They’re calling it a ‘hyper bike’ – an e-bike dedicated to higher speeds and longer distances. The VanMoof V will have a 50km/h (31mph) top speed and is being pitched as “a new default for city travel.”
It’s always a big crowd pleaser when you open an article with a bit of legislation. Sorry about this, but it feels a necessary starting point in this instance.
In the UK, what we commonly think of as an ‘e-bike’ is technically termed an ‘electrically-assisted pedal cycle’ or EAPC. This is the kind of electric bike you can ride without registration, a licence or insurance.
The three main requirements to qualify are:
- The bike must be fitted with pedals that are capable of propelling it
- The maximum continuous rated power of the electric motor must not exceed 250W
- The electrical assistance must cut-off when the vehicle reaches 15.5mph
Anything faster or more powerful than that is a speed pedelec. Here are the ins and outs of riding an S-pedelec in the UK – they’re essentially treated as mopeds, even though they have pedals.
The situation is much the same in most countries in Europe where there is a maximum speed limit of 25km/h for e-bikes you can ride without a licence and 45km/h for S-pedelecs.
So this new VanMoof then…
VanMoof is known for producing minimalist, low-hassle e-bikes where everything is integrated (we’ll have a review of their S3 in a couple of days), but up until now all of the firm’s EU bikes have been limited to 25km/h.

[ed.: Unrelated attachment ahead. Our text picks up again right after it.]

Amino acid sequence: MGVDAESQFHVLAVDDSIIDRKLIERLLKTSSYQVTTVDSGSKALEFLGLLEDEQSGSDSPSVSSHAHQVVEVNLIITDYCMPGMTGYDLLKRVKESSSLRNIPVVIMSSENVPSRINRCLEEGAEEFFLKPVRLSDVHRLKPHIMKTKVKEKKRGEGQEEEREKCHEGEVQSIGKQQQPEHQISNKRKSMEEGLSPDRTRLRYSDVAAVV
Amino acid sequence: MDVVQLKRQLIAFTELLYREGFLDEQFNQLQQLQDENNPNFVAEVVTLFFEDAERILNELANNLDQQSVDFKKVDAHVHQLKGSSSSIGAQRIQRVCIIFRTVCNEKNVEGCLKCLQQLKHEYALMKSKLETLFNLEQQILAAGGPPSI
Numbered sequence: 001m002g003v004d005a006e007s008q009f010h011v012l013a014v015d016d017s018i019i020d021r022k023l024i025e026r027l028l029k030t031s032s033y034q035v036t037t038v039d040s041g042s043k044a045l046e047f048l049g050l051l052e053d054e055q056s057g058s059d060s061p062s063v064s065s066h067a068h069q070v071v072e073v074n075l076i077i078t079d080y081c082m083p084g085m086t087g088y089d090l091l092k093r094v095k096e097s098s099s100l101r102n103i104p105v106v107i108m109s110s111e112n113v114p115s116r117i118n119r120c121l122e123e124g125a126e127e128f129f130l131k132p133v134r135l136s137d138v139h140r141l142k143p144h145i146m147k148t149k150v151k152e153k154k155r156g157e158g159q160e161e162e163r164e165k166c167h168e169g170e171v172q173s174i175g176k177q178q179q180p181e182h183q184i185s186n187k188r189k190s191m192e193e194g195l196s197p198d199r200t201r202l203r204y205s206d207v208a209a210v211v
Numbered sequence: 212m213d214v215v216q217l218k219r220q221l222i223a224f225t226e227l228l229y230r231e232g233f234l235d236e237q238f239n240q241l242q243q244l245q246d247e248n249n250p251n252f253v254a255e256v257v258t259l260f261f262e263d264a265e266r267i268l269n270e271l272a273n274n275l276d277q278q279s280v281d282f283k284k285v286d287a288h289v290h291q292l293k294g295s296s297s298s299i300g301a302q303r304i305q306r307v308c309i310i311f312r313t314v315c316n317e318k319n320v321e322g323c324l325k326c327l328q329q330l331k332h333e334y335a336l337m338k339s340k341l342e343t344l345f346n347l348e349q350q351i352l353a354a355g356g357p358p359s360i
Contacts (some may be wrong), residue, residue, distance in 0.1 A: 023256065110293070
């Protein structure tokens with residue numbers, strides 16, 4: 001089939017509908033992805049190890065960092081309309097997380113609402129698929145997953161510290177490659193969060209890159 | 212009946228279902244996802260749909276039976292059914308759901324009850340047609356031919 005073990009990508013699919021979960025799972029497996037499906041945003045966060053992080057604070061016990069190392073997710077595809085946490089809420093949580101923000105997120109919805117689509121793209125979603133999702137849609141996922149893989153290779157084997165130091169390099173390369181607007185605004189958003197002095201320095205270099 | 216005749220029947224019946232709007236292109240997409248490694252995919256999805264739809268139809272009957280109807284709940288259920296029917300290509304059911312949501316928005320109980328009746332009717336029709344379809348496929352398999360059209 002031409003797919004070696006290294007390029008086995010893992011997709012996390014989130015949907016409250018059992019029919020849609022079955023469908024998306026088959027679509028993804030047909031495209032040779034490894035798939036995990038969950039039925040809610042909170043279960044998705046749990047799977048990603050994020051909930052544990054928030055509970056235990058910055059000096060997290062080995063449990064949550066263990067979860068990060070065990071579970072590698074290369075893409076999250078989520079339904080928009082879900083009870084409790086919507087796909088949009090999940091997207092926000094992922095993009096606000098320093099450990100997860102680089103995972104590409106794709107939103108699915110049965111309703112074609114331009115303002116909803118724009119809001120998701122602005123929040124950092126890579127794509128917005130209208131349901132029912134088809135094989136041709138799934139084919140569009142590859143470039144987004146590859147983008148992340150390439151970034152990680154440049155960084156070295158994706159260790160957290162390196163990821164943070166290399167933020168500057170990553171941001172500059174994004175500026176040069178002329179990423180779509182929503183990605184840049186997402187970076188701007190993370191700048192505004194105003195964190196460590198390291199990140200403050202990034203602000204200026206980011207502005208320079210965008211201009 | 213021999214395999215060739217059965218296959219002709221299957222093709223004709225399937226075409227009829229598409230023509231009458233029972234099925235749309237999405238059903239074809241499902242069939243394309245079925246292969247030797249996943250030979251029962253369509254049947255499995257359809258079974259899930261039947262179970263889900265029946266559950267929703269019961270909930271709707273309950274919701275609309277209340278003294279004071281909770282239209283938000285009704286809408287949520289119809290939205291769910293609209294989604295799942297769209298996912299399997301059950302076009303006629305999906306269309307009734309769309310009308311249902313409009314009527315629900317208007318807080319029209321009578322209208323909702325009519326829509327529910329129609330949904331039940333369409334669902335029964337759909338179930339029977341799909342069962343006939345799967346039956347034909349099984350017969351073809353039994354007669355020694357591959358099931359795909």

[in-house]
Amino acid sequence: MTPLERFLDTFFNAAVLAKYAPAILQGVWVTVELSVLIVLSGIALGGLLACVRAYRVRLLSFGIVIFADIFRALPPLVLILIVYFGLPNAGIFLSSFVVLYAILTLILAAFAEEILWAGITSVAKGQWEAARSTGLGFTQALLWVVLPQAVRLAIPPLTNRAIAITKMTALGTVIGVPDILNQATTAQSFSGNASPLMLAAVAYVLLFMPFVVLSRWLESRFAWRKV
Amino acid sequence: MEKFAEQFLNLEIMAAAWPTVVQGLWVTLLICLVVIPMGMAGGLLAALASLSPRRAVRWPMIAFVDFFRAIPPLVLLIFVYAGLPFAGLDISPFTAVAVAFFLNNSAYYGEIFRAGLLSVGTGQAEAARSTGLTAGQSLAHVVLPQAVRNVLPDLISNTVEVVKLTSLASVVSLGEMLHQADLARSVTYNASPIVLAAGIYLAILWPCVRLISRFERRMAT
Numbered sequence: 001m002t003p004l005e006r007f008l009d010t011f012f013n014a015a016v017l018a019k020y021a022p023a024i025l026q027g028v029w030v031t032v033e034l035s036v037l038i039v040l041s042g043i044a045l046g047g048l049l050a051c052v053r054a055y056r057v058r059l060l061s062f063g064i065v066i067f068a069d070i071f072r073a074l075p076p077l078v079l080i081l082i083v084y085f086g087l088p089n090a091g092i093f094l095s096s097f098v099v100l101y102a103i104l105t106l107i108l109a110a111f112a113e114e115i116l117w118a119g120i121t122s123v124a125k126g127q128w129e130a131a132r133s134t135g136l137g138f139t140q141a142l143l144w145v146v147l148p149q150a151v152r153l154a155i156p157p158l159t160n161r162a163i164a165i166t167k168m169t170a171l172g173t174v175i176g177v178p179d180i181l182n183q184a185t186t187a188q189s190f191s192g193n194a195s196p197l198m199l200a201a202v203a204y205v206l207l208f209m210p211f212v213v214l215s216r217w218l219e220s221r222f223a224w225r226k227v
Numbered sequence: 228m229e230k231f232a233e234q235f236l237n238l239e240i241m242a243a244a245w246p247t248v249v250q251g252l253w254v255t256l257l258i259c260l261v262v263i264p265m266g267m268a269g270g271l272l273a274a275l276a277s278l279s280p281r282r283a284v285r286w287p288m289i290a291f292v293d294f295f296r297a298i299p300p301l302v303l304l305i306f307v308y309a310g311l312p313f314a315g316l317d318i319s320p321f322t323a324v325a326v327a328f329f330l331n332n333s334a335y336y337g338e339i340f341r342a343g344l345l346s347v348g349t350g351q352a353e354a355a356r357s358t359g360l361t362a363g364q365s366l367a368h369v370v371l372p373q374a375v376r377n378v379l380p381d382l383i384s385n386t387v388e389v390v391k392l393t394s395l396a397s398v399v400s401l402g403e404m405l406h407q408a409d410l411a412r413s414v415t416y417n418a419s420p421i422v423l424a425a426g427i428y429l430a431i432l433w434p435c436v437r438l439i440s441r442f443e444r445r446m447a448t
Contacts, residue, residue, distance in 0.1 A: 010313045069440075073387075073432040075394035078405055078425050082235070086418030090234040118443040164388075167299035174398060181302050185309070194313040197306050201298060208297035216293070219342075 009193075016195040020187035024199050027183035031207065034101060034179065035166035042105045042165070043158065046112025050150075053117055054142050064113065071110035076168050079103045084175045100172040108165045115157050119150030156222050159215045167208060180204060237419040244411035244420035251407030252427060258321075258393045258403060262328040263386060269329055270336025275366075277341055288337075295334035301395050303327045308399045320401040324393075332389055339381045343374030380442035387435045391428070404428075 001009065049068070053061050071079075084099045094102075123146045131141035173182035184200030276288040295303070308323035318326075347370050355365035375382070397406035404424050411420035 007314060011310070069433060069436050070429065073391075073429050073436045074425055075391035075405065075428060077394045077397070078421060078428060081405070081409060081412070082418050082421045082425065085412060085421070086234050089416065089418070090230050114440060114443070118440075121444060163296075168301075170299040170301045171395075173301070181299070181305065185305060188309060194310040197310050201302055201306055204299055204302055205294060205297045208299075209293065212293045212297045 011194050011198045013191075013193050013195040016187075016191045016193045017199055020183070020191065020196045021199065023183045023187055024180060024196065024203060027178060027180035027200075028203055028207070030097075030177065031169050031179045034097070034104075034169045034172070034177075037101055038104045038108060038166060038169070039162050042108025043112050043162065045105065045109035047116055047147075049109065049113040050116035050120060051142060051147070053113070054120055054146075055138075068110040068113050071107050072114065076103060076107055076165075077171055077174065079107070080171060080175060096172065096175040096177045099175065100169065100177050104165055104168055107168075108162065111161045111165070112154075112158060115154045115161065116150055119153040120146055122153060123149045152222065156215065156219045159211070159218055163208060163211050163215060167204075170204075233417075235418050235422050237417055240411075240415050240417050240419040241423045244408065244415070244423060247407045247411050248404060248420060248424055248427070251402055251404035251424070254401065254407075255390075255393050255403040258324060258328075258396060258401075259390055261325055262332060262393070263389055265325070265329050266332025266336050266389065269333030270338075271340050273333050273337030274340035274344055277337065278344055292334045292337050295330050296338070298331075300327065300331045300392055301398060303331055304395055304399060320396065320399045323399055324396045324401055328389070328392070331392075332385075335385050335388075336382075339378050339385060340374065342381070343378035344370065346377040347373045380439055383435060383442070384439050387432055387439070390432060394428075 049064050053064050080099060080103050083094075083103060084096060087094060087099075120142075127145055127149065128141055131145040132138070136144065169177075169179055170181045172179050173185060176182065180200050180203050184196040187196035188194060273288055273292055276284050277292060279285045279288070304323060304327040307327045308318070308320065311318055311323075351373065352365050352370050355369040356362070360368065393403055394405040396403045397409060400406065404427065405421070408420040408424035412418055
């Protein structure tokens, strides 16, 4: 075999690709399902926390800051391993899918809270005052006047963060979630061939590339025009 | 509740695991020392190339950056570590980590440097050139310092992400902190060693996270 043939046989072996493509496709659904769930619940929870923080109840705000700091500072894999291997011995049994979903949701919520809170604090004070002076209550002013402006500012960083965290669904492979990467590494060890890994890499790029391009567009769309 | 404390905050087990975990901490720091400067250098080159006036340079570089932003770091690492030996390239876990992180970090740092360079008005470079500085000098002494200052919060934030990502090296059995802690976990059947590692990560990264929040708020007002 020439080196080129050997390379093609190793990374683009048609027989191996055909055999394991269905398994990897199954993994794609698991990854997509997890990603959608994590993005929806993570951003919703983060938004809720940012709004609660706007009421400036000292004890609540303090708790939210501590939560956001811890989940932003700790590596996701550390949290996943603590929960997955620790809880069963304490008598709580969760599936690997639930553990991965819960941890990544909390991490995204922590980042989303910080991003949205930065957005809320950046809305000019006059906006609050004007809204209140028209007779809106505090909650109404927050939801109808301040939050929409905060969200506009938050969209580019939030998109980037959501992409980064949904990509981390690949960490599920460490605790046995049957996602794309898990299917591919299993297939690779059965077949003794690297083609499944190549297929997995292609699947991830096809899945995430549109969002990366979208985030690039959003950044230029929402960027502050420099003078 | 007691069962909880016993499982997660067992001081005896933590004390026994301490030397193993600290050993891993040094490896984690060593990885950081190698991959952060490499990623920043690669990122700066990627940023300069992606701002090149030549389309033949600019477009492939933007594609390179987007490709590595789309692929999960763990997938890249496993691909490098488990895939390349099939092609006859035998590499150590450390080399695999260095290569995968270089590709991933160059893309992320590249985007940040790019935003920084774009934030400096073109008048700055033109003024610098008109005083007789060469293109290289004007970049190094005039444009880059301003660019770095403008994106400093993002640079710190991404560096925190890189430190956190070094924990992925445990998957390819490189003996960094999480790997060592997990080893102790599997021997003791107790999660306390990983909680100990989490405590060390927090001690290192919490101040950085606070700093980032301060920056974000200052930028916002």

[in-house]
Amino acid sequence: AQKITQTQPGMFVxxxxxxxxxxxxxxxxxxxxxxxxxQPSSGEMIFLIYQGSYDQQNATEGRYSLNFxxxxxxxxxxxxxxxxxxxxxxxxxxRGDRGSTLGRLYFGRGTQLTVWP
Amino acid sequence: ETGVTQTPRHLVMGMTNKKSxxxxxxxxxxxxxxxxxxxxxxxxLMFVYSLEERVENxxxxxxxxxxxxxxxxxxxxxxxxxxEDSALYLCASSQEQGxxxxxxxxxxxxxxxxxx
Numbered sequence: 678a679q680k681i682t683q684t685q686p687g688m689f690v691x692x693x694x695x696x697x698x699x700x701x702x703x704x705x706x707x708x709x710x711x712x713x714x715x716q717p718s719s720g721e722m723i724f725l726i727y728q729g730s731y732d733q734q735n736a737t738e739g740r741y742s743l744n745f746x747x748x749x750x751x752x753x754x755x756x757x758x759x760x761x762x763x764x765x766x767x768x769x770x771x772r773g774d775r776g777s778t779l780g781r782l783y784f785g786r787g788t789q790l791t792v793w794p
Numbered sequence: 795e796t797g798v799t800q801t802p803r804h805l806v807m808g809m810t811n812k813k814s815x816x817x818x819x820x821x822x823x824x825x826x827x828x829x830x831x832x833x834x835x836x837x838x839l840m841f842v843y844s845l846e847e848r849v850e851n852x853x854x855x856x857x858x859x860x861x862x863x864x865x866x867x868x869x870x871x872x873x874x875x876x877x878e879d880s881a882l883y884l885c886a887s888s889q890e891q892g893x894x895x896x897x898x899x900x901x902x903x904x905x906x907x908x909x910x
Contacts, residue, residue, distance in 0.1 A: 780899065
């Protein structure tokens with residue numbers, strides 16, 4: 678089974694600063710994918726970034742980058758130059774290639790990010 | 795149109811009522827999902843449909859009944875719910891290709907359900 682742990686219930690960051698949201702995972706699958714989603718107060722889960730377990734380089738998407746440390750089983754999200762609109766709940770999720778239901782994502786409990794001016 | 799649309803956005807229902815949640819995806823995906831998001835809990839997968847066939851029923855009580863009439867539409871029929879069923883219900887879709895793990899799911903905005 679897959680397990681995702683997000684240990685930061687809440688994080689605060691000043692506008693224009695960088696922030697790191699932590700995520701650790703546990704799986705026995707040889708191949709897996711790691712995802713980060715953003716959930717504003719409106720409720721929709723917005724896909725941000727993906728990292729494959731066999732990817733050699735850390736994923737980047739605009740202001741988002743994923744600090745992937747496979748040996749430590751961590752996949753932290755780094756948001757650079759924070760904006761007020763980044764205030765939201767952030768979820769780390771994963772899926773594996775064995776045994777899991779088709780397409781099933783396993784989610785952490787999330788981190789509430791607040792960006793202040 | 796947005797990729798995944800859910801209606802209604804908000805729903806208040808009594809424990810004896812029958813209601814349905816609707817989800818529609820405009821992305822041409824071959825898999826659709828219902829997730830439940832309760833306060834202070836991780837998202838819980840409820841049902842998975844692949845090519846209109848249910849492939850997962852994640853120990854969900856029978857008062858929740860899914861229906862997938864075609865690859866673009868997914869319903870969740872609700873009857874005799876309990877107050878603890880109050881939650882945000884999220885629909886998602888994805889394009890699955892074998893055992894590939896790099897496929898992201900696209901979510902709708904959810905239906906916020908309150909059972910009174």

The VanMoof V will be capable of twice that speed, which you may have noticed is also above the current S-pedelec limit.
VanMoof says the V has been designed for a “bike-first future” and is calling for Europe’s e-bike speed limits to be updated.
Co-founder Ties Carlier commented: “We’re calling for policies designed around people, rethinking how public spaces can be used if not occupied by cars. I am getting very excited thinking about what a city could look like in the near future, and we are very proud to be part of the change by building the right tools for the transition.”
VanMoof says it intends to work with city governments to explore potential solutions, suggesting geofencing as one potential alternative to revised speed regulations.
This idea was recently mooted by BMW when it announced its ‘adaptive mobility’ e-bike, the i Vision AMBY.
This vehicle would be automatically limited to e-bike/EAPC speeds on cycle lanes but would have the capacity to do electric moped speeds on the road.
“In the future, classifications such as ‘car’, ‘bicycle’ and ‘motorcycle’ should not determine the nature of the products we think up, develop and offer,” commented Werner Haumayr, Vice President BMW Group Design Conception.
Does everyone agree new e-bike speed limits are needed?
Not exactly. The counter-argument is that any changes could potentially threaten the EAPC/pedelec sub-25km/h category and the right to ride these e-bikes without any kind of licence.
Bosch eBike Systems CEO Claus Fleischer recently said: “Of primary importance to the industry at large is the safeguarding of the pedelec designed to cut off at 25kmh; this must, at all costs, remain legislatively as a bicycle. That is our treasure.
“We know there are different influencers who have a view on changing this. In my view, they forget we may lose this status of the e-bike within the bicycle framework. We must remain without licence and insurance requirement, with bike path access.”
VanMoof V launch date
The VanMoof V is currently only at the engineering stage – albeit the firm is sufficiently committed to already be taking orders with a view to shipping before the end of next year.
It’ll feature many of the features seen on the firm’s existing bikes – turbo boost, keyless locking, automatic gear shifting, and a theft defence system – as well as a 700Wh battery and a motor of “up to 1kW depending on configuration.
The bike will be available in the Netherlands, Germany, France, the UK, the US, and Japan.
The expected price is listed as £2,998.